You Shall Know Our Velocity! — Dave Eggers (2002)
You Shall Know Our Velocity! is Dave Eggers’ first novel following A Heartbreaking Work of Staggering Genius. That categorization is almost useless though, since AHWOSG is an openly and self-consciously fictionalized memoir. This 2002 novel follows two childhood friends as they improvise a trip around the world following the death of their mutual close friend. The goal of the trip is to distribute approximately $80,000 that Will, the narrator, earned after an image of his silhouette was used for a light bulb company’s packaging. The two friends, Will and Hand, travel to remote countries like Estonia and Morocco and attempt to creatively distribute the money in an effort to cathartically restore their faith and the faith of others in the goodness of humanity. The novel is classic Eggers in both its deeply involved self-conscious thinking and its purification-through-travel plot.
The Catcher in the Rye — J.D. Salinger (1951)
The Catcher in the Rye is the highly influential and popular classic novel by author J.D. Salinger. The story is from the perspective of narrator Holden Caulfield, a sixteen-year-old student who returns to his native New York City “incognito” after flunking out of his esteemed prep school in Pennsylvania. Holden’s detailing of his time in New York City is a conversational, digressive and a revealing discussion of everyone he knows, meets and remembers. The voice of the narration is the centerpiece of the novel. Caulfield’s empathetic, overly sensitive; externally biting and hyperaware descriptions of those around him are a stunning, hopefully sincere and miserable account of humanity, still potent in 2013. I missed this classic novel in high school and early college when it seems to be conventionally encountered by its readers, but I found Salinger’s writing to be moving nonetheless. The complexity of Holden’s attitudes read as earnest and confused in a very genuine way. His narration is at once that of a child and an old soul, a combination of perspectives that many sensitive young people find themselves sorting through.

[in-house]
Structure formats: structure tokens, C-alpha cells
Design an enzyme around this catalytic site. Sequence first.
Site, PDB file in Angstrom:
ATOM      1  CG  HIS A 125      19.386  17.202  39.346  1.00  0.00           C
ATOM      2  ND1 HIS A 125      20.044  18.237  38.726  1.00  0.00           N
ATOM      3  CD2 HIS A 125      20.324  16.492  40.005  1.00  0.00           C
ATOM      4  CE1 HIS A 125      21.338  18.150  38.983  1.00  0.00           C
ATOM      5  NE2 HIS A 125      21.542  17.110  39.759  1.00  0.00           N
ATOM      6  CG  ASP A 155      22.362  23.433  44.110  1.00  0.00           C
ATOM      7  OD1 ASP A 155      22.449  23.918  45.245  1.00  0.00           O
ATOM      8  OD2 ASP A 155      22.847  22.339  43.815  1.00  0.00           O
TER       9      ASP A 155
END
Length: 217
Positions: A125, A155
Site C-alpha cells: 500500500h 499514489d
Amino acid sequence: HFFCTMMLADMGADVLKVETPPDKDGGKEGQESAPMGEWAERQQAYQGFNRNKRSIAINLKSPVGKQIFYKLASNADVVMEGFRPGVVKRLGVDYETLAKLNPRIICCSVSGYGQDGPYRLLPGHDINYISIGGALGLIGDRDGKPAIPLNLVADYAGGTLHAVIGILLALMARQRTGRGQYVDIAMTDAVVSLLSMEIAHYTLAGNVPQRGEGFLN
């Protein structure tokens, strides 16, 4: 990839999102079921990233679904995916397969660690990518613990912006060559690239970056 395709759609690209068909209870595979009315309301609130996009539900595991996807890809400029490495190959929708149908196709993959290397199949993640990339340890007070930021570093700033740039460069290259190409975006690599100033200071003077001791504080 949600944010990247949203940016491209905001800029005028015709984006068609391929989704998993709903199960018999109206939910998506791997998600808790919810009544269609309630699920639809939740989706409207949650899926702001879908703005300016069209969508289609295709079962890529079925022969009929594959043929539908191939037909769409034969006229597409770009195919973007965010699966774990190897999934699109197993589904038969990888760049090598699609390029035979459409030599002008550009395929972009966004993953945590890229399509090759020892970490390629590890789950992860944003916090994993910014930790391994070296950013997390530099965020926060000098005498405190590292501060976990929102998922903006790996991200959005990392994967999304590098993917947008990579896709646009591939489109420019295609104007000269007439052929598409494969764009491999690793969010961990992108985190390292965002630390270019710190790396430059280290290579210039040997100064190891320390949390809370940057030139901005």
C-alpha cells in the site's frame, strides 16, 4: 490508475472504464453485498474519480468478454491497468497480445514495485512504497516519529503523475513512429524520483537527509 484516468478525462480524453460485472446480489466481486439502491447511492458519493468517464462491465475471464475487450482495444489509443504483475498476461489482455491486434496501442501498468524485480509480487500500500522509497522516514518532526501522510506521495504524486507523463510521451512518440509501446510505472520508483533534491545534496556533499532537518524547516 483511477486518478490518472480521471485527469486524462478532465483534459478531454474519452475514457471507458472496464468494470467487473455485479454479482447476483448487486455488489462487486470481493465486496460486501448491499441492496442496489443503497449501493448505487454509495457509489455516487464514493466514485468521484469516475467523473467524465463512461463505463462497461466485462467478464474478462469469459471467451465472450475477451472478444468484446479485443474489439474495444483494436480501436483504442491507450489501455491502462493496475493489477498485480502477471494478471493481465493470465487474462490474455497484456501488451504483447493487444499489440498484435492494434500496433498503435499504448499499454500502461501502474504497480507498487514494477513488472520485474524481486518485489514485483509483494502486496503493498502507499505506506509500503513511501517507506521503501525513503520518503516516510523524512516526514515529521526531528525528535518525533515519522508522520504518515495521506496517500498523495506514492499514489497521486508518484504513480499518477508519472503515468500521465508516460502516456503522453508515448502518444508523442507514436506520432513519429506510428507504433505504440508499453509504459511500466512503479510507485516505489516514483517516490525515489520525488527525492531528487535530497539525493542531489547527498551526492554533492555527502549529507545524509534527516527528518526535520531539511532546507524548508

The Sun Also Rises — Ernest Hemingway (1926)
American novelist Ernest Hemingway’s classic 1926 novel The Sun Also Rises is a quasi-autobiographical story focused on a group of expatriate American and British citizens travelling from Paris to a bullfighting festival in Spain during the 1920s. The novel is famous for its restrained and reverent portrayal of the post-WWI supposedly dissolute “Lost Generation.” The Sun Also Rises was recommended to me for Hemingway’s representation of speech between friends during travel. I found the dialogue to be inspiring, but was also impressed with Hemingway’s treatment of such themes as masculinity, authenticity and the simultaneously exclusive and zealous culture of the “aficionado.”
The Call of the Wild — Jack London (1903)
Jack London’s classic 1903 novel The Call of the Wild is the anthropomorphic story of Buck, a sled dog during the 19th century Klondike gold rush in Alaska, adjusting to a harsh and primitive lifestyle after being kidnapped from his luxurious, domestic life in California. The main theme of the novel is the return to nature and survival of the fittest. The themes of power through struggle and the embracement of terrestrial existence directly mirror Friedrich Nietzsche’s book “The Anti-Christ.”